Land snails are leaky bags of water that survive on dry land. Snails lose water through evaporation, and because mucus is more than 90% water, they must expend water just to move, gliding on their silvery slime trails. Most land snails occur in moist environments where they can readily replenish lost water. But some snails live in the desert or other arid areas! How is that even possible?
Several strategies help snails survive in arid situations. For example, some close their aperture with a door or with a mucus sheet, some have small apertures or modify their growth direction to make better seals, some have mucus that inhibits evaporation, and some manage moisture loss by choice of microhabitats.
An operculum, or door, closes the shell in some land snails (Fig. 1), although most land snails lack one. The operculum is attached to the rear of the snail’s tail; when the snail pulls into its shell, the tail withdraws last and positions the operculum to make a tight seal. In addition to protecting the snail from water loss, it also protects from predators.
Snails that don’t have an operculum can cover the aperture with a mucus sheet called an epiphragm. In most snails, the epiphragm is thin and clear, but in some species, the epiphragm can be thick and opaque (Fig. 2). During dry periods, snails can form an epiphragm over the aperture or they can make a tight mucus seal between the aperture edges and substrates such as a rock or plant. The seal helps to retard evaporative water loss. Some snails in the desert remain sealed under a rock for years before a rainstorm wakes them.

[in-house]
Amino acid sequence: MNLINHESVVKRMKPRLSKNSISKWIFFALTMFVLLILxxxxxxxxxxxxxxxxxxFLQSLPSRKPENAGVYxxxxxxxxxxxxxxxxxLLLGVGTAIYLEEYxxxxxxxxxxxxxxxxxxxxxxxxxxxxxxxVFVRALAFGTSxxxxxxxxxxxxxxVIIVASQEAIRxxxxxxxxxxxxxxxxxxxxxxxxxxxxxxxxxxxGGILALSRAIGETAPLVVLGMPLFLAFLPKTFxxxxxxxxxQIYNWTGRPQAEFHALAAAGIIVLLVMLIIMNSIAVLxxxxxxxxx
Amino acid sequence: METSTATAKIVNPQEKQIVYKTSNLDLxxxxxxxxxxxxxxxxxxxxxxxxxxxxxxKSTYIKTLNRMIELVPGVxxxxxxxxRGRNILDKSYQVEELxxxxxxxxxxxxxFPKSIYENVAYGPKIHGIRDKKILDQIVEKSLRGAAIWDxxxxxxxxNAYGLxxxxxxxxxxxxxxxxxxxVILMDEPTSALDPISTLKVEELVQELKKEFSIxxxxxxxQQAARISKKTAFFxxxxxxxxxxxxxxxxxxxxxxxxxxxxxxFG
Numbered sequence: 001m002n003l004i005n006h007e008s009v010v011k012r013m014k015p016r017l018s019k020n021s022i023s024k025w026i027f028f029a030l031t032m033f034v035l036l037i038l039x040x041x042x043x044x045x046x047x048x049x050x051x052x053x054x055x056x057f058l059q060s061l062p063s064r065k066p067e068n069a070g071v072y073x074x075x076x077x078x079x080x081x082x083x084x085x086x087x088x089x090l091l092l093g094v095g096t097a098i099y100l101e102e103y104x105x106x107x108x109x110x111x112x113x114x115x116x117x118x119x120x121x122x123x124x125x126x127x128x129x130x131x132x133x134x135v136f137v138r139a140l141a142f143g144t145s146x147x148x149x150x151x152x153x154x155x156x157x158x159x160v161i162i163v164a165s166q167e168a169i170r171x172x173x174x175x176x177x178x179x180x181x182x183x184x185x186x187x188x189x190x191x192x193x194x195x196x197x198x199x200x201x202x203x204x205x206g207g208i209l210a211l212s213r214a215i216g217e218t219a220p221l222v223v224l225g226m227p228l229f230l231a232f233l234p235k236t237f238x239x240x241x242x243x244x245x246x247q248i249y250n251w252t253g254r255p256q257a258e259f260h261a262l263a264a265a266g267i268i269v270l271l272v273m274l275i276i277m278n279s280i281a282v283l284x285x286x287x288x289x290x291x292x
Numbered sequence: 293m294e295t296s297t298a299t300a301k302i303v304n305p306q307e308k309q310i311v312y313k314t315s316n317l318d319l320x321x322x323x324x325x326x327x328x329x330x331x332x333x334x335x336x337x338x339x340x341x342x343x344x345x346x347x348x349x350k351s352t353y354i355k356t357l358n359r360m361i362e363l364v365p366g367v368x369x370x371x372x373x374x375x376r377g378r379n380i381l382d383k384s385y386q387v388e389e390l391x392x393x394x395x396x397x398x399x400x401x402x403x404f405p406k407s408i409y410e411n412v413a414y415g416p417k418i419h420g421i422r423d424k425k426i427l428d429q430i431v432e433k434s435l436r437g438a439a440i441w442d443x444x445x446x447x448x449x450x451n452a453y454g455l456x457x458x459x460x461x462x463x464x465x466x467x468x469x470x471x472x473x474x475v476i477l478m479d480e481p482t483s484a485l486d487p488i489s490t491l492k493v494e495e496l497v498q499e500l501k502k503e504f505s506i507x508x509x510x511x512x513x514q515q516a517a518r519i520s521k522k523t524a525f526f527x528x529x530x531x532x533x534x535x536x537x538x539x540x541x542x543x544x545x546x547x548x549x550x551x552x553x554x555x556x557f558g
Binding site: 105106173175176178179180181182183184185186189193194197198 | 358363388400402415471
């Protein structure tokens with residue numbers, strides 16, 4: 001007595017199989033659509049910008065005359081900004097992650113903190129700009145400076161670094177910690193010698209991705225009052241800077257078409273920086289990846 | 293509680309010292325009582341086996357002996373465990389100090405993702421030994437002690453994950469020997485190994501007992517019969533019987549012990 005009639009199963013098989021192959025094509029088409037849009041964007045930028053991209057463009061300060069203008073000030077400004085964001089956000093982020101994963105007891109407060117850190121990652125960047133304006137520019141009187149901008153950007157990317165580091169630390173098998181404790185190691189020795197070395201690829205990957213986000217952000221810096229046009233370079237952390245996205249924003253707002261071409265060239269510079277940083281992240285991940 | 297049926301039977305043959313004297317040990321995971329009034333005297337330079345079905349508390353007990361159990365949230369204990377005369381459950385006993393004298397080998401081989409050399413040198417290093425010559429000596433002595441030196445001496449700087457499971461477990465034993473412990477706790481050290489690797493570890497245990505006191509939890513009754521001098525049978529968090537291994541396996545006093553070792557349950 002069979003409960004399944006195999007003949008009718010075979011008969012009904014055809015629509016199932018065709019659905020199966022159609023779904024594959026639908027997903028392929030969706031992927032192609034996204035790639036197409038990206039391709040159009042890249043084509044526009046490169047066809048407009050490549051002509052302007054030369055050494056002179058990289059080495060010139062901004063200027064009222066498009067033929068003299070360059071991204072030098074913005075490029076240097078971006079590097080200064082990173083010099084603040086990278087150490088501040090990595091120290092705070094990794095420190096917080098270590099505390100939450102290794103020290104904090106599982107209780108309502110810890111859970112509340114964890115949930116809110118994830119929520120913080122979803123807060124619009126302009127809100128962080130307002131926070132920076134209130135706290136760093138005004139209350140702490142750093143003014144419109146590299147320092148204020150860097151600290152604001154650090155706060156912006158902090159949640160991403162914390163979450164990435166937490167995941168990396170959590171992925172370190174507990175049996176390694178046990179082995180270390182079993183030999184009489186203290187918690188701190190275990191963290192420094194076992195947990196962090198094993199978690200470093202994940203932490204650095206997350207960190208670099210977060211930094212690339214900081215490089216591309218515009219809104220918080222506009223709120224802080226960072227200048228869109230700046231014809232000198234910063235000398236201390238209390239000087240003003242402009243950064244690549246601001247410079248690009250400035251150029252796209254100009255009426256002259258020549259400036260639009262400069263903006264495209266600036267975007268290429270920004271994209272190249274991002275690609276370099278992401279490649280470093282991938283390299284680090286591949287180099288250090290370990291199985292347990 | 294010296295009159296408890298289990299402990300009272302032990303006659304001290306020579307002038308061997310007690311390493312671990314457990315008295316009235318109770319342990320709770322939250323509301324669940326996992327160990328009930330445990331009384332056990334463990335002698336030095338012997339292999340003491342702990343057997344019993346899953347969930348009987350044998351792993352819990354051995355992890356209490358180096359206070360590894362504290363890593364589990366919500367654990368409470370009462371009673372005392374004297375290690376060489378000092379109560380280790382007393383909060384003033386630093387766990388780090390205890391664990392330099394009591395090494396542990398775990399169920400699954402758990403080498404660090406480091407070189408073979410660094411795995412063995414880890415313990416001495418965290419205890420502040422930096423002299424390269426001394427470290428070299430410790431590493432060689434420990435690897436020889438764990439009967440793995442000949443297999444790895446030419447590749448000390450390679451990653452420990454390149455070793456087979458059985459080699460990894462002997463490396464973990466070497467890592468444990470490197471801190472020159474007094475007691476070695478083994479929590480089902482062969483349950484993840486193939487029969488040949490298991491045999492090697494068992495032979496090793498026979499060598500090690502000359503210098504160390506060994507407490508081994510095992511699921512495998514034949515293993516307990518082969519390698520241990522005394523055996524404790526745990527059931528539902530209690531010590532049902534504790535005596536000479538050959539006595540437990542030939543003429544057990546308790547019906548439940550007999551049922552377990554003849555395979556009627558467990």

Snails of arid areas usually have a relatively small aperture (Fig. 3). The smaller surface-area-to-volume ratio reduces moisture loss through evaporation. Just like you would lose less heat (on a cold day) with your parka zipped up and your hood cinched around your face, the snail loses less water with less of its skin exposed, as in the case of a smaller aperture.
As growing snails approach their final size, many dip the direction of shell growth toward the shell base (Fig. 4). This results in the plane of the aperture making a tighter seal on a flat surface. Snails of arid areas tend to have shells that make tighter seals on flat surfaces than snails of moister areas.
The mucus of some species retards evaporation. Snails produce different kinds of mucus, for example, the mucus they glide upon to move, sticky or distasteful mucus when irritated, and mucus on their skin that can retard evaporation. One day when I was traveling in northern Kenya during the dry season after at least 6 months without rain, I was surprised to find a semi-slug (a gastropod whose shell is too small to fit the entire body) resting among some dry leaves and soil (Fig 5). It must have had special mucus covering the body that retarded water loss, allowing this species to survive many months of aridity.
Finally, snails influence their moisture loss by choosing their microhabitats. Some snails burrow underground during hot, dry weather to escape the heat. Other snails crawl under moist logs or descend deep into rock piles to avoid the harshest weather.
Why would snails even choose to live in the desert? I’m not sure anyone knows the answer for sure. My guess is that snails might live in a desert because it allows them to escape predators or competitors who can’t or don’t want to live there.
How do they do it? Snails survive in the desert by leaking water a bit more slowly than snails in moist areas.
Timothy A. Pearce, PhD, is the head of the mollusks section at Carnegie Museum of Natural History. Museum employees are encouraged to blog about their unique experiences and knowledge gained from working at the museum.